When I replaced it, I knew I wanted something that did not cook as hot. I did a lot of research, and found that cooking too hot is a very common problem with the Rivals. I saw several recommendations from people who had replaced their Rivals with Hamilton Beech and were much happier. I was surprised, because the HB are less expensive, but decided to go with it. I got a 3-in-1 Hamilton Beech that was not programmable. I am very, very happy with it. I love having 3 different sized liners, so I can pick the one that is the right size for what I'm making. I find it cooks much cooler than the Rival, so food doesn't get overcooked. Since it isn't programmable, I use a plug-in outlet timer to limit the cook time - this works well for us!


jazzharmony's Avatar jazzharmony 06:21 AM 02-11-2011

Bumping.  I'm looking for a crock pot and am overwhelmed by all the choices.


jazzharmony's Avatar jazzharmony 11:44 AM 02-11-2011

I ended up getting one from Amazon http://www.amazon.com/Hamilton-Beach-33135-6-Quart-Stainless/dp/B000R8A1OK/ref=sr_1_1?ie=UTF8&s=home-garden&qid=1297449790&sr=8-1

 

A huge selling point for me was the multiple/different sized inserts.


koru's Avatar koru 09:47 PM 02-13-2011

Personally, I'm disillusioned by all crock pots since I found out they contain lead in their glaze. They are, of course, within FDA regulations of acceptable amounts of lead but when heated, this lead is released into the food. Bleh.

 

http://insightfulnana.com/home-garden/housekeeping-home-garden/lead-poisoning-and-crock-pots


allnaturalmom's Avatar allnaturalmom 09:57 PM 02-13-2011


Quote:
Originally Posted by koru View Post

Personally, I'm disillusioned by all crock pots since I found out they contain lead in their glaze. They are, of course, within FDA regulations of acceptable amounts of lead but when heated, this lead is released into the food. Bleh.

 

http://insightfulnana.com/home-garden/housekeeping-home-garden/lead-poisoning-and-crock-pots

yeahthat.gif

 

I got rid of ours (it was one of the ones that was actually recalled for lead a while back) and will not use the new one my mil got me for this reason. There is an old thread around here about this... IIRC, it was a real long one.

 

gl

hth


 


Maurer's Avatar Maurer 10:28 AM 02-14-2011

I would be curious to know if they all do contain lead still.  There is usually a company within a mix that will change their ways to appease some customers.  I will have to research this further.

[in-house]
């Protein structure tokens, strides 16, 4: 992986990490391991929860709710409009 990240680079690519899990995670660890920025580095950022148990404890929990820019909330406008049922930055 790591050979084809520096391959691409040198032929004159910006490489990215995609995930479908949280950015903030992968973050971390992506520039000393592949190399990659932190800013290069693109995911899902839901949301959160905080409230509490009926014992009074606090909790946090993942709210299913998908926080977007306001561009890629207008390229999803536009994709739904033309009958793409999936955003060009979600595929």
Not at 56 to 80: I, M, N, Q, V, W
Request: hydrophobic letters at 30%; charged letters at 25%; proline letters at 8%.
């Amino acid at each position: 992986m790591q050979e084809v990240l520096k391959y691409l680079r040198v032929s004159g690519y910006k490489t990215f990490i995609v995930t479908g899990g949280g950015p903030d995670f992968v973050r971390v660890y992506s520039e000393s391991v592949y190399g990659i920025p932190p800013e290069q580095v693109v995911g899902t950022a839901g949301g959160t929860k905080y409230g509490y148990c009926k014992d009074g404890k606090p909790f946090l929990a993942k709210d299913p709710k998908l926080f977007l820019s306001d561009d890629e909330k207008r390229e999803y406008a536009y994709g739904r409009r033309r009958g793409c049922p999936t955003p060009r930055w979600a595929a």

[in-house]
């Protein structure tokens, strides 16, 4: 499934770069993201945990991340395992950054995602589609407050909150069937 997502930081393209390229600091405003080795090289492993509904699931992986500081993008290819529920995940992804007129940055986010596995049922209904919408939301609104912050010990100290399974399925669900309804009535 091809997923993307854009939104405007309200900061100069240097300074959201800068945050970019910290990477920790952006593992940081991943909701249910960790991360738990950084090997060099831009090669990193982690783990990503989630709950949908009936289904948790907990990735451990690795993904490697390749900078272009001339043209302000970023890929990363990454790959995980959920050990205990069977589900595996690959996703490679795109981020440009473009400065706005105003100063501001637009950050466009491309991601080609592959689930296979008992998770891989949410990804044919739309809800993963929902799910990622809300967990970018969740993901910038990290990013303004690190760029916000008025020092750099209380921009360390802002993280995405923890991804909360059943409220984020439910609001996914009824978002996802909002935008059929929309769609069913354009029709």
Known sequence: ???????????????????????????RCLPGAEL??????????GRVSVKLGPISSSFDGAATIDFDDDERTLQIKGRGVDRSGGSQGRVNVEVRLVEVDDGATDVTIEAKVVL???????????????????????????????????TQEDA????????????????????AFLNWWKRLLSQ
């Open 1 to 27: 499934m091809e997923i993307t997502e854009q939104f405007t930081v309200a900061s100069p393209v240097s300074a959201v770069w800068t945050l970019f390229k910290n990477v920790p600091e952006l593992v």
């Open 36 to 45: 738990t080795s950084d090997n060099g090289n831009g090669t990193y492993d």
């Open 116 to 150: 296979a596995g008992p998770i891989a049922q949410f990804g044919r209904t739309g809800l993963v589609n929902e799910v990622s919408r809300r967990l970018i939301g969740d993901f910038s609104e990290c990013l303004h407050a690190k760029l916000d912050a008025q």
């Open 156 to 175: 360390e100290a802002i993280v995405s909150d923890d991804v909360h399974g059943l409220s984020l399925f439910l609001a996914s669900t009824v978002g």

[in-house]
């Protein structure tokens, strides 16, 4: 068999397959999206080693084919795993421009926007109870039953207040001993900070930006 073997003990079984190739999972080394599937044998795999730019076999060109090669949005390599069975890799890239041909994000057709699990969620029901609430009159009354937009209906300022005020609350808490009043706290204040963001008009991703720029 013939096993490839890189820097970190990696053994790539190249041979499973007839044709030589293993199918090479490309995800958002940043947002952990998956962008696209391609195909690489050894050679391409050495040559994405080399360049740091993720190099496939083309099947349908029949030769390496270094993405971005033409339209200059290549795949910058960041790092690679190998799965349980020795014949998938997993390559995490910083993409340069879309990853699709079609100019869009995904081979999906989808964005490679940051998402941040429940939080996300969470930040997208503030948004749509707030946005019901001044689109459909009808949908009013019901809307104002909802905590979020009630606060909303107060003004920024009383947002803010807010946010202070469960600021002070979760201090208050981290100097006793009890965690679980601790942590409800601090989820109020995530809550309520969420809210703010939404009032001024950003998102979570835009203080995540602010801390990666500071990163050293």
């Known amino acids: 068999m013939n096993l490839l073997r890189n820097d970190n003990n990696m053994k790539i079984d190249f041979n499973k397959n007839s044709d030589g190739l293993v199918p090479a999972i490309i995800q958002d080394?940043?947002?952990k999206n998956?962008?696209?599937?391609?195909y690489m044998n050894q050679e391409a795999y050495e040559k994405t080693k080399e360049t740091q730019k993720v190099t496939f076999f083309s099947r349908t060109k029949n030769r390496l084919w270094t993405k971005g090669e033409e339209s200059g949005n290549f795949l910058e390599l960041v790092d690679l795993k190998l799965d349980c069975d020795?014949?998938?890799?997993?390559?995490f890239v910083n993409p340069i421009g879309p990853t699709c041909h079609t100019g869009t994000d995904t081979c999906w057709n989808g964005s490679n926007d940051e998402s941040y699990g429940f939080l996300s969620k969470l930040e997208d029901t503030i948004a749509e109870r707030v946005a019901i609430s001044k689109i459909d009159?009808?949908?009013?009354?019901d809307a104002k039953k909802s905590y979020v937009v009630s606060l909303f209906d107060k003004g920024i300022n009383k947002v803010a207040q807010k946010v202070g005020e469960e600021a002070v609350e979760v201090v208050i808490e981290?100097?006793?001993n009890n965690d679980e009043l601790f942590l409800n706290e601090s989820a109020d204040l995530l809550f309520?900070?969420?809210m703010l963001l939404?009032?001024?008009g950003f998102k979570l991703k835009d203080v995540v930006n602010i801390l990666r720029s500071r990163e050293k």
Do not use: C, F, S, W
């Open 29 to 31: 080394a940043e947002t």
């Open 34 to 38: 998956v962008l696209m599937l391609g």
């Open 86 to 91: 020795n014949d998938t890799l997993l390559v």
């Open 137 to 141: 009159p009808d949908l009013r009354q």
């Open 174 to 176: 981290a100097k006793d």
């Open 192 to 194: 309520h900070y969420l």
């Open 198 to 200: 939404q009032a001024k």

krankedyann's Avatar krankedyann 04:54 PM 02-15-2011

I just got a 6-qt Nesco roaster.  Temp adjustment from 125-425, so I can turn it down and control the cooking time like that.  It won't run as hot.  It also has a porcelain interior and can function as an oven, not just a crock-pot.  I bought it for $34 on Amazon this weekend and it arrived today.  I've got the 18-quart Nesco Roaster and I'm already in love with this one!


femmeknitzi's Avatar femmeknitzi 10:16 AM 02-22-2011

For our wedding a year ago, we received a Hamilton Beach Crockpot that comes with 3 different sized containers that lift out for portability. I like the flexibility this provides. However....

 

For X-mas this year, I received an enameled dutch oven (just a knock off brand, but I still like it!)  and I'm left wondering if I will ever use my crockpot again. This pot is big enough to roast a ham or chicken, can go on the stovetop or in the oven, cleans easily and is designed for braising which is basically the same thing as slow-cooking. I've used it to make soups, stews, large cuts of meat, spaghetti, you name it! The only downside is that the cast iron pot is VERY heavy. I cooked a ham in it and had to have my husband lift it out of the oven for me, so it's not as convenient for potlucks. Also, since it goes on the stove, it's not safe to leave cooking when you're not at home. But this new addition has definitely reduced my crock pot use.


kgbubble's Avatar kgbubble 10:56 AM 02-22-2011

Lead and other leaching was huge for me, too. I went with a Vitaclay, which uses a clay pot, and claims to be 100% lead free. I've read where it's been tested and confirmed to be leadfree. there was a discussion about it on Debra Lynn Dad's site, which I really trust for information on toxic-free stuff.  you can set it to cook rice, soup or stew, and all them can be adjusted time-wise if you want it to cook longer or shorter. the booklet explains what things cook best on which settings. I usually use the stew setting, unless I'm cooking rice, and just adjust the time on it to lower or higher, depending on what I"m doing. They're on ebay, amazon and even the manufacturer sells them directly, I think.  So far, we're happy with it after almost two years!  I want to get a second one thats bigger, and use my little 6 qt for rice only. we eat rice every day, so I'd like to have rice and beans in it and use the other for the veggies, soup, or whatever. 

 

http://crockpot365.blogspot.com/

 

is my best go-to for recipes. 


MovnMama's Avatar MovnMama 12:04 PM 02-22-2011

Cast Iron can be a great piece of cookware for vegetarians as well, since small amounts of iron leaches in to the food. This sounds bad (like the lead-leaching mentioned above) but a lot of vegetarians are actually iron-deficient. Especially if you have a picky veggie child!


WCM's Avatar WCM 08:39 AM 02-23-2011

Whoa, thanks for posting about ead in crocks. It never dawned on me to consider this, (though I don't use SIGGS water bottles because I don't trust the patented glaze/resin in it either) and I've been trying to use a crock more for saving $$ and time. No more! I'll keep it for melting beeswax. So glad I didn't get further into my crock-pot dependency, it's easy to give it up. Thanks again!


Arduinna's Avatar Arduinna 01:01 PM 02-24-2011


Quote:
Originally Posted by femmeknitzi View Post

For our wedding a year ago, we received a Hamilton Beach Crockpot that comes with 3 different sized containers that lift out for portability. I like the flexibility this provides. However....